[[7]]Mash-Up Corporations[[7]]

As with all these long term case studies, the Rolls-Royce story does suffer from applying new ideas to something that occurred yesterday. I’m sure that no one in Rolls-Royce was thinking “business-technology” when the company started the journey. Nor would they have even thought of the term until recently. However, the story still works for me as, for all it’s faults, I think there’s still a lot we can learn from it.

The burning platform was in the late 60s, early 70s. Rolls-Royce was in trouble. The company had 10% market share, rising labour costs, and was facing fierce competition from companies in the U.S. Even worse, these competitors did not have to worry about patents (a hangover from the second world war), they also had a large domestic market and a pipeline of military contracts which put them in a much stronger financial position. Rolls-Royce had to do something radical, or facing being worn down by aggressive competitors who had more resources behind them.

Interestingly, Roll-Royce chose to try and be smarter than the competition. Rather than focus on incremental development, the company decided to designed a completely new engine. Using carbon composite blades and a radical new engine architecture (three shafts rather than two, for those aeronautical engineers out there) their engine was going to be a lot more complex to design, build and maintain. It would also be a lot more fuel efficient and suffer less wear and tear. And it would be more scalable to different aircraft sizes. This approach allows Rolls-Royce to step out of the race for incremental improvements in existing designs (designing a slightly better fan blade) and create a significant advantage, one which would take the company’s competitors more than the usual development cycle or two to erase.

Most of the margin for jet engines, however, is in maintenance. Some pundits even estimate that engines are sold at a loss (though the manufactures claim to make modest margins on all the engines they sell), while maintenance can enjoy a healthy 35%. It’s another case of give them the razor but sell them the razor blades. But if you give away the razors, there’s always the danger that someone else may make blades to fit your razor. Fat margins and commoditized technology resulted in a thriving service market, with the major engine makers chasing each other’s business, along with a horde of independent servicing firms.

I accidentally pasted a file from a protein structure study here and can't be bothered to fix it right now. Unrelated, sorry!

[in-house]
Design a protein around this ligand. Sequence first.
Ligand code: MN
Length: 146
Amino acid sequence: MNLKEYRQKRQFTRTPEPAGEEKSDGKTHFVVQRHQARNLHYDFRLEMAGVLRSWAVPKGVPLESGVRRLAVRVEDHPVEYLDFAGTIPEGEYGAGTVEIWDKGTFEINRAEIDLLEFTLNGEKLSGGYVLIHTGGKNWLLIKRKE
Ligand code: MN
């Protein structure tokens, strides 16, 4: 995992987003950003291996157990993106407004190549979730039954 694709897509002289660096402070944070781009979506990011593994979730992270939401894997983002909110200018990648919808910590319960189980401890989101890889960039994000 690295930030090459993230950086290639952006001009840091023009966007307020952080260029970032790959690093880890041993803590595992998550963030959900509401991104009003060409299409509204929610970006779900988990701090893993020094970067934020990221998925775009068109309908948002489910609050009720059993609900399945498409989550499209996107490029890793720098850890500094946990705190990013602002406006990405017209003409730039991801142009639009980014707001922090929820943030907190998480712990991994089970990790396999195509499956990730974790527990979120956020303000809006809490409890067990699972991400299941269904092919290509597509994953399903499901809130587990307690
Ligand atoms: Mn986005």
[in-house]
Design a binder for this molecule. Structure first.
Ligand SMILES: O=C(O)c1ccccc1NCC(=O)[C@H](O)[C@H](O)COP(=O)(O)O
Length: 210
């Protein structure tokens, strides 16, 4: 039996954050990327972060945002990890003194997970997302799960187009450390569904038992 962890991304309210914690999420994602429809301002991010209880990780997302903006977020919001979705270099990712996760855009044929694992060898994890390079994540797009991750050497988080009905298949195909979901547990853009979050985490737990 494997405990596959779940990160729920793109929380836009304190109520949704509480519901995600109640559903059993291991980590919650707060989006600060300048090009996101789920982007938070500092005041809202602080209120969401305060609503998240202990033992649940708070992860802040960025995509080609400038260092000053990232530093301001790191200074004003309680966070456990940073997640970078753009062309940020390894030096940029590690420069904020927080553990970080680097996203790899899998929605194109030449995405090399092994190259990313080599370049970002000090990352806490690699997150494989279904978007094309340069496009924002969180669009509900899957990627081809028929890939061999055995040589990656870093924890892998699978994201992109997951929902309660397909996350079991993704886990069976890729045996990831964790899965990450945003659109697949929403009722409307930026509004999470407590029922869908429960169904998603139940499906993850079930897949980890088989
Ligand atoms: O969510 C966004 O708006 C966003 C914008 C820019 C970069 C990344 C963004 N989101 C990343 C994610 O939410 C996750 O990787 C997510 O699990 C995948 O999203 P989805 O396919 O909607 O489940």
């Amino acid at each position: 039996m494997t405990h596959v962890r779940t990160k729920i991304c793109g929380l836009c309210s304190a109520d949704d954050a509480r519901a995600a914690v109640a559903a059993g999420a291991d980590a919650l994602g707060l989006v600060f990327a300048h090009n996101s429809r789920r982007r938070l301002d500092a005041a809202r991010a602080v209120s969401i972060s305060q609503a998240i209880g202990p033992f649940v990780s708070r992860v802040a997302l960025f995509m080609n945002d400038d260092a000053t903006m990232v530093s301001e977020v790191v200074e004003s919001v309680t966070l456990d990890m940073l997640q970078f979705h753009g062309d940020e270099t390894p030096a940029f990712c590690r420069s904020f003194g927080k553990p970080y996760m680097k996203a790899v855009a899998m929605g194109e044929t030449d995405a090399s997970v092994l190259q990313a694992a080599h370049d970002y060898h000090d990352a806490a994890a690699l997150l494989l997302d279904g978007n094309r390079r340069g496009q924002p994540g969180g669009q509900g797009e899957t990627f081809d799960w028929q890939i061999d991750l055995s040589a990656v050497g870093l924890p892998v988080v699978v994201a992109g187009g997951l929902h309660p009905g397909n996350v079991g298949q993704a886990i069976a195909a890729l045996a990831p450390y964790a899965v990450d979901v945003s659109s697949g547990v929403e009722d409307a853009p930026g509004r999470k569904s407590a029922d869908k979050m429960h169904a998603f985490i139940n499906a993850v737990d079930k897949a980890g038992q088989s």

Rolls-Royce’s interesting solution was to integrate the expertise from the two businesses: engine development and servicing. Rather than run them as separate businesses, the company convinced customers to pay a fee for every hour an engine was operational. Rather than selling engines, the company sells hot air out the back of an engine. This provides a better deal for the customers (pay for what you use, rather than face a major capital expense), while providing Rolls-Royce with a stronger hold on its customer base.

Integrating the two business also enabled Rolls-Royce to become better at both. Maintenance data helps the company identify and fix design flaws, driving incremental improvements in fuel efficiency while extending the operating life (and time between major services) tenfold over the last thirty years. It also helps the company predict engine failures, allowing maintenance to be scheduled at the most opportune time for Rolls-Royce, and their customers.

Rolls-Royce leveraged this advantage to become the only one of the three main engine-makers with designs to fit the three newest airliners in the market: the Boeing 787 Dreamliner, the Airbus A380 and the new wide-bodied version of the Airbus A350. Of the world’s 50 leading airlines, 45 use its engines.

Today, an operations centre in Derby assess, in real time, the performance of 3,500 jet engines enabling to Rolls-Royce to spot issues before they become problems and schedule just-in-time maintenance. This means less maintenance and more operating hours, fewer breakdowns (and, I expect, happier customers), and the operational data generated is fed back into the design process to help optimise the next generation of engines.

This photograph is reproduced with the permission of Rolls-Royce plc, copyright © Rolls-Royce plc 2010
Rolls-Royce civil aviation operations in Derby

This service-based model creates a significant barrier to competitors for anyone who wants to steal Rolls-Royce’s business. Even if you could clone Rolls-Royce’s technology infrastructure (hard, but not impossible), you would still need to recreate all the tacit operational knowledge the company has captured over the years. The only real option is to recreate the knowledge yourself, which will take you a similar amount of time as it did Rolls-Royce, while Rolls-Royce continues to forge ahead. Even poaching key personnel from Rolls-Royce would only provide a modest boost to your efforts. As I’ve mentioned before{{8}}, this approach has the potential to create a sustainable competitive advantage.